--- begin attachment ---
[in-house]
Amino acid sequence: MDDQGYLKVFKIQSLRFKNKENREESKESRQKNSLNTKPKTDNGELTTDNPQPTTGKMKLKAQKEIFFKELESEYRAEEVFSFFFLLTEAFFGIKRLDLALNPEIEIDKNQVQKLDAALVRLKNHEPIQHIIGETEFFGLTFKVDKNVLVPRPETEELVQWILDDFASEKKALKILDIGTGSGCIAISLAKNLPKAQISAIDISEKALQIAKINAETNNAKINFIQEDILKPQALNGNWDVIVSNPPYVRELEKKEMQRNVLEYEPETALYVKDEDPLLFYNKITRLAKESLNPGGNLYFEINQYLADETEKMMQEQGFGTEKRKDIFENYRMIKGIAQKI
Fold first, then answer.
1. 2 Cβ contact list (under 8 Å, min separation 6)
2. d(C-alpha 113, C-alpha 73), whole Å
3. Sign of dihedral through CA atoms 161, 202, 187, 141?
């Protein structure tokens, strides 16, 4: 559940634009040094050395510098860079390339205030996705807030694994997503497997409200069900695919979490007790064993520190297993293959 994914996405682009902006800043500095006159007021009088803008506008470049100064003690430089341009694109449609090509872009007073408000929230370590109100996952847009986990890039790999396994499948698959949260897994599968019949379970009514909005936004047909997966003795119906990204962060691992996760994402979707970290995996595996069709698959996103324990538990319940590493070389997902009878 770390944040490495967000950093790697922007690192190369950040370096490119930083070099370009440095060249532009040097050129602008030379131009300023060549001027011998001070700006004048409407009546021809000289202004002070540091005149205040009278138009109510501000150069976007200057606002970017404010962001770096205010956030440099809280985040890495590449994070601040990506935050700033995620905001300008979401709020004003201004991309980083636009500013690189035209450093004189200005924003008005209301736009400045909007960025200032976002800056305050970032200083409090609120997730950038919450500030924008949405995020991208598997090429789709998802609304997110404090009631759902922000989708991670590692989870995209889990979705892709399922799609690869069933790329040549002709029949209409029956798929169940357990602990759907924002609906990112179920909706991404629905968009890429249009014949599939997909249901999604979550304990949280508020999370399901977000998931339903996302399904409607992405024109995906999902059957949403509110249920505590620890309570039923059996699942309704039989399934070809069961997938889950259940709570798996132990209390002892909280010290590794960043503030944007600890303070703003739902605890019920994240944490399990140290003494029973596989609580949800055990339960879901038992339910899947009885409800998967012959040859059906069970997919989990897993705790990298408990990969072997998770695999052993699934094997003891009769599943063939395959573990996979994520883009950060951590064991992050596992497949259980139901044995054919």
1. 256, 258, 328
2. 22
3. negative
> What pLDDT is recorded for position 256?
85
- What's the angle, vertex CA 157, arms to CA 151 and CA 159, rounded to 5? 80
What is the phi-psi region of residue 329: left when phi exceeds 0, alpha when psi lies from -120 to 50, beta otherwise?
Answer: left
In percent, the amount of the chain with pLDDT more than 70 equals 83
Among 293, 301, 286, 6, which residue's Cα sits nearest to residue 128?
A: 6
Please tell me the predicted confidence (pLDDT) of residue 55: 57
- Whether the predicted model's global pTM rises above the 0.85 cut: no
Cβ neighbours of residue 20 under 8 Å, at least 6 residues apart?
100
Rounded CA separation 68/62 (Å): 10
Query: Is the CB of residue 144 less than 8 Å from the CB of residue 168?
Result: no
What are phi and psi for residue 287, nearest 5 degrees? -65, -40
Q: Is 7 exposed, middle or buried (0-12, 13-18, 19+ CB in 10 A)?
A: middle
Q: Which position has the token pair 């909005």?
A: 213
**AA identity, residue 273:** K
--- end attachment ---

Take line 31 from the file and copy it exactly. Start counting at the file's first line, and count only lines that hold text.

**AA identity, residue 273:** K